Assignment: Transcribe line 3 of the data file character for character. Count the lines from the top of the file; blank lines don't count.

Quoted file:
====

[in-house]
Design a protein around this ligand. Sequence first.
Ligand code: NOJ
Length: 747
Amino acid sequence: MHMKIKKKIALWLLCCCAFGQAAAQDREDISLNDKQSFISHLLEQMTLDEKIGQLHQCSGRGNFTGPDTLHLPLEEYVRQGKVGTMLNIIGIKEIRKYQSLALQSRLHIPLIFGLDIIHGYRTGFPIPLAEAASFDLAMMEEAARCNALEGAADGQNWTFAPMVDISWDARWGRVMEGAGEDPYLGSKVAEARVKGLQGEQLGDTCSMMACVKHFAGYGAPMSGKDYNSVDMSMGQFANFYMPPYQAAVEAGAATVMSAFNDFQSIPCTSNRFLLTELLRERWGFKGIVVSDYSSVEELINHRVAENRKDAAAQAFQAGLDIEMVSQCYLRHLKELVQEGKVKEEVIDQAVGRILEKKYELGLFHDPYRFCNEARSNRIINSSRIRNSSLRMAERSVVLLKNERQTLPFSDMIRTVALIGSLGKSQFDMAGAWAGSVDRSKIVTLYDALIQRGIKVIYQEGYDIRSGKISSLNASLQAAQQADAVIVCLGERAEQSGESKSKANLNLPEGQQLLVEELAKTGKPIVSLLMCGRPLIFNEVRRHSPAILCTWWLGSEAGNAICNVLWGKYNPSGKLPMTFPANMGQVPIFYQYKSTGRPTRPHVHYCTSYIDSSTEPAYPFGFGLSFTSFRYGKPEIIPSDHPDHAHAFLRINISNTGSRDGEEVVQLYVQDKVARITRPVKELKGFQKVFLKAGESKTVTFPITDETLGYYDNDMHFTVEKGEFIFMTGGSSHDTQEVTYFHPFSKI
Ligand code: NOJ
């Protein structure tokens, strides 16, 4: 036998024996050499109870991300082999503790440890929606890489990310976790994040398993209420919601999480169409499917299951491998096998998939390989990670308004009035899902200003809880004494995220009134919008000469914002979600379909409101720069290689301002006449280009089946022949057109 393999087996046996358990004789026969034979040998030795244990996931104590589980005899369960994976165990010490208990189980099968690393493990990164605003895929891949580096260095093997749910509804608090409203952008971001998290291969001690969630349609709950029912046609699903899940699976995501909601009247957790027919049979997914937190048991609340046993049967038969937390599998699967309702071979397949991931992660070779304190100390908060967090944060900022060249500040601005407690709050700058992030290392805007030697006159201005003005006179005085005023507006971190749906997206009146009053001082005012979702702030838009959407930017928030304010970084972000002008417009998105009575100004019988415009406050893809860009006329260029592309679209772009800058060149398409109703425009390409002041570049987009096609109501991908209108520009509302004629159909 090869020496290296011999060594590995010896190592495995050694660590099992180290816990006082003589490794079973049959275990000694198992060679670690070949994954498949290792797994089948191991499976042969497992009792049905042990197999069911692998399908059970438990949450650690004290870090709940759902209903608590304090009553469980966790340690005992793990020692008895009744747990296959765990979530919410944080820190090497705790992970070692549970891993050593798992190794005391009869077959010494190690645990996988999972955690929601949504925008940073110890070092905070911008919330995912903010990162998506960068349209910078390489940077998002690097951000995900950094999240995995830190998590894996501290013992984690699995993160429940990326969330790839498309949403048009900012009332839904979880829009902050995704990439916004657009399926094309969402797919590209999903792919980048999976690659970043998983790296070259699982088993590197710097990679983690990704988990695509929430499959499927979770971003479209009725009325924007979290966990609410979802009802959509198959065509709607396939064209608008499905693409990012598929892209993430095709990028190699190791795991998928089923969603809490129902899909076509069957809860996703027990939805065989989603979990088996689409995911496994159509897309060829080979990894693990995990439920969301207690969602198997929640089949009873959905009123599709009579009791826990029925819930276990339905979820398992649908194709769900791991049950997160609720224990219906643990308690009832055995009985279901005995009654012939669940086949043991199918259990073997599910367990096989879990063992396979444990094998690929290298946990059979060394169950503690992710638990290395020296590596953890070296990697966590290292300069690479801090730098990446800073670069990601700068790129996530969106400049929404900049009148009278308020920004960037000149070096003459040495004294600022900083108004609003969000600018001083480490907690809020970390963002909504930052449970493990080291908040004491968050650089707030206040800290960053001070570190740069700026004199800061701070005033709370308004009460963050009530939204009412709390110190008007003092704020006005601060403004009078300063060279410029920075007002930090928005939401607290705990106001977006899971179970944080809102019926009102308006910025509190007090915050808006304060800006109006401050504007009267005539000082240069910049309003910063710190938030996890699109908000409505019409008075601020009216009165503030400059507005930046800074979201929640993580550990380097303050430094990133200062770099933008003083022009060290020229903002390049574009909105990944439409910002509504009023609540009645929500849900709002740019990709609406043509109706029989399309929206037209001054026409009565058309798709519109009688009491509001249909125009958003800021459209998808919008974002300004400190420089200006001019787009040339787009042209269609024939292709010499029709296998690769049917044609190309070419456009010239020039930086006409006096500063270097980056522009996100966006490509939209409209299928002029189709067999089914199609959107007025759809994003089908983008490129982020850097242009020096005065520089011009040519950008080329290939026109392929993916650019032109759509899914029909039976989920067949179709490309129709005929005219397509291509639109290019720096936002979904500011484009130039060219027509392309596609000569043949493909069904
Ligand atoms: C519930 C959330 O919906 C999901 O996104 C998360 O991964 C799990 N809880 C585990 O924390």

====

Ligand code: NOJ